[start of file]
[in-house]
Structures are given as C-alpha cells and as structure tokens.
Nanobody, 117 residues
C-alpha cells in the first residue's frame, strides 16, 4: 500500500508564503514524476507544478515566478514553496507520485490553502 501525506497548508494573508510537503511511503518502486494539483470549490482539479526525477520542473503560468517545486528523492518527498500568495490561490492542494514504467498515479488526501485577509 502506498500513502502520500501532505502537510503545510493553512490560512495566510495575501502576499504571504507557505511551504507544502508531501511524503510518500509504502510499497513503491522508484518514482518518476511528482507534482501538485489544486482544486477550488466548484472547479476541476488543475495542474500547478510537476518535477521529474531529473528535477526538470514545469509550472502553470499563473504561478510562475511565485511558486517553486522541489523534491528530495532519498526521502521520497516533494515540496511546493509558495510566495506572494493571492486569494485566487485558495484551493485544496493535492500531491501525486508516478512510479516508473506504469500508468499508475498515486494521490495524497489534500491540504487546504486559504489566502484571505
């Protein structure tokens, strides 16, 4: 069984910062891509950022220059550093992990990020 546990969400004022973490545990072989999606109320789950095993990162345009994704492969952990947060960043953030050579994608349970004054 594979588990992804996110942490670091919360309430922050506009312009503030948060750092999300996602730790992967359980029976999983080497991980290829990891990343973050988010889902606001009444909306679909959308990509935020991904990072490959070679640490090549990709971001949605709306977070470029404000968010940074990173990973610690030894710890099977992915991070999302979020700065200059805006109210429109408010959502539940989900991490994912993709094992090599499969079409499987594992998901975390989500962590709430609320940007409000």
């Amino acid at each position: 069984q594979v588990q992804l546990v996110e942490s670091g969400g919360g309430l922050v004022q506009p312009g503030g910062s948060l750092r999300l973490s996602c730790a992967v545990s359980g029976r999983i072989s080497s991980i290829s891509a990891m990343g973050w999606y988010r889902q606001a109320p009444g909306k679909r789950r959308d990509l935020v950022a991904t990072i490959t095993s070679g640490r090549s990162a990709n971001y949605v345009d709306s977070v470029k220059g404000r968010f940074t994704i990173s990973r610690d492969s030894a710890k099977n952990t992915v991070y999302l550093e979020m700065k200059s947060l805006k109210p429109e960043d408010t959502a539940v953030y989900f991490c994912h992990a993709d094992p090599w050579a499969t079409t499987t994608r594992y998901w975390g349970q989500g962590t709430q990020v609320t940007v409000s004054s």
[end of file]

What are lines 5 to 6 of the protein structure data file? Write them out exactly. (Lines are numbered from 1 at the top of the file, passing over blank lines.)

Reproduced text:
């Protein structure tokens, strides 16, 4: 069984910062891509950022220059550093992990990020 546990969400004022973490545990072989999606109320789950095993990162345009994704492969952990947060960043953030050579994608349970004054 594979588990992804996110942490670091919360309430922050506009312009503030948060750092999300996602730790992967359980029976999983080497991980290829990891990343973050988010889902606001009444909306679909959308990509935020991904990072490959070679640490090549990709971001949605709306977070470029404000968010940074990173990973610690030894710890099977992915991070999302979020700065200059805006109210429109408010959502539940989900991490994912993709094992090599499969079409499987594992998901975390989500962590709430609320940007409000």
């Amino acid at each position: 069984q594979v588990q992804l546990v996110e942490s670091g969400g919360g309430l922050v004022q506009p312009g503030g910062s948060l750092r999300l973490s996602c730790a992967v545990s359980g029976r999983i072989s080497s991980i290829s891509a990891m990343g973050w999606y988010r889902q606001a109320p009444g909306k679909r789950r959308d990509l935020v950022a991904t990072i490959t095993s070679g640490r090549s990162a990709n971001y949605v345009d709306s977070v470029k220059g404000r968010f940074t994704i990173s990973r610690d492969s030894a710890k099977n952990t992915v991070y999302l550093e979020m700065k200059s947060l805006k109210p429109e960043d408010t959502a539940v953030y989900f991490c994912h992990a993709d094992p090599w050579a499969t079409t499987t994608r594992y998901w975390g349970q989500g962590t709430q990020v609320t940007v409000s004054s």